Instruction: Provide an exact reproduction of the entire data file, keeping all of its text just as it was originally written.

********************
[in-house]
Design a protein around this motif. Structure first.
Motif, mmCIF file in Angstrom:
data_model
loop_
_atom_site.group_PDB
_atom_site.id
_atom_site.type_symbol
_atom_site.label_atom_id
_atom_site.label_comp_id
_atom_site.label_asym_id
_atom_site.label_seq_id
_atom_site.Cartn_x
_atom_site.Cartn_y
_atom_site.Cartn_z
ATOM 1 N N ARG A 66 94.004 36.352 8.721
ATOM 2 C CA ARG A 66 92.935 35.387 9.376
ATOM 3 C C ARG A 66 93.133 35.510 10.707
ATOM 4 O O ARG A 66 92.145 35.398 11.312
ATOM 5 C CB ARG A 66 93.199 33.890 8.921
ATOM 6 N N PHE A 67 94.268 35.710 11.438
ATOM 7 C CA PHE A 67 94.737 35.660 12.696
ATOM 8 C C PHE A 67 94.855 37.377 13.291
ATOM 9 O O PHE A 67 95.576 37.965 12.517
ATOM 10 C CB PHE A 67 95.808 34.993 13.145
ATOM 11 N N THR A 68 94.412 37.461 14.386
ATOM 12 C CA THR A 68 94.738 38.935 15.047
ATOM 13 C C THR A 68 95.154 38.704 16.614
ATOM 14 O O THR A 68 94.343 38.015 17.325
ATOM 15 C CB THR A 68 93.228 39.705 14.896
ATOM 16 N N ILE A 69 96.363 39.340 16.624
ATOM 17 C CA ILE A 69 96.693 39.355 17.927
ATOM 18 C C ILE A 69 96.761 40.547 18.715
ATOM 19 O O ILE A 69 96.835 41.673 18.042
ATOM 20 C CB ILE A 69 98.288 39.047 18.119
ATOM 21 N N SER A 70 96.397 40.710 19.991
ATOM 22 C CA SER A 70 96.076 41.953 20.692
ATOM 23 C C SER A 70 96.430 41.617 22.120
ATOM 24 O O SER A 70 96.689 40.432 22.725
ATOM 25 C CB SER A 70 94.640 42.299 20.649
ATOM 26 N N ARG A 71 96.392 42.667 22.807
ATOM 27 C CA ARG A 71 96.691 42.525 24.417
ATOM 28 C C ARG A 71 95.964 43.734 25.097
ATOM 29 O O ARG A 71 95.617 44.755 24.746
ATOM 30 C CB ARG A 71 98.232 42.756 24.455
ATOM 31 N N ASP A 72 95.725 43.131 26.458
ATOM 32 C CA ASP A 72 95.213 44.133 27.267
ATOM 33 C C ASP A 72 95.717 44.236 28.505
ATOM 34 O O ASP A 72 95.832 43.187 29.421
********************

[in-house]
Design a protein around this motif. Structure first.
Motif, mmCIF file in Angstrom:
data_model
loop_
_atom_site.group_PDB
_atom_site.id
_atom_site.type_symbol
_atom_site.label_atom_id
_atom_site.label_comp_id
_atom_site.label_asym_id
_atom_site.label_seq_id
_atom_site.Cartn_x
_atom_site.Cartn_y
_atom_site.Cartn_z
ATOM 1 N N ARG A 66 94.004 36.352 8.721
ATOM 2 C CA ARG A 66 92.935 35.387 9.376
ATOM 3 C C ARG A 66 93.133 35.510 10.707
ATOM 4 O O ARG A 66 92.145 35.398 11.312
ATOM 5 C CB ARG A 66 93.199 33.890 8.921
ATOM 6 N N PHE A 67 94.268 35.710 11.438
ATOM 7 C CA PHE A 67 94.737 35.660 12.696
ATOM 8 C C PHE A 67 94.855 37.377 13.291
ATOM 9 O O PHE A 67 95.576 37.965 12.517
ATOM 10 C CB PHE A 67 95.808 34.993 13.145
ATOM 11 N N THR A 68 94.412 37.461 14.386
ATOM 12 C CA THR A 68 94.738 38.935 15.047
ATOM 13 C C THR A 68 95.154 38.704 16.614
ATOM 14 O O THR A 68 94.343 38.015 17.325
ATOM 15 C CB THR A 68 93.228 39.705 14.896
ATOM 16 N N ILE A 69 96.363 39.340 16.624
ATOM 17 C CA ILE A 69 96.693 39.355 17.927
ATOM 18 C C ILE A 69 96.761 40.547 18.715
ATOM 19 O O ILE A 69 96.835 41.673 18.042
ATOM 20 C CB ILE A 69 98.288 39.047 18.119
ATOM 21 N N SER A 70 96.397 40.710 19.991
ATOM 22 C CA SER A 70 96.076 41.953 20.692
ATOM 23 C C SER A 70 96.430 41.617 22.120
ATOM 24 O O SER A 70 96.689 40.432 22.725
ATOM 25 C CB SER A 70 94.640 42.299 20.649
ATOM 26 N N ARG A 71 96.392 42.667 22.807
ATOM 27 C CA ARG A 71 96.691 42.525 24.417
ATOM 28 C C ARG A 71 95.964 43.734 25.097
ATOM 29 O O ARG A 71 95.617 44.755 24.746
ATOM 30 C CB ARG A 71 98.232 42.756 24.455
ATOM 31 N N ASP A 72 95.725 43.131 26.458
ATOM 32 C CA ASP A 72 95.213 44.133 27.267
ATOM 33 C C ASP A 72 95.717 44.236 28.505
ATOM 34 O O ASP A 72 95.832 43.187 29.421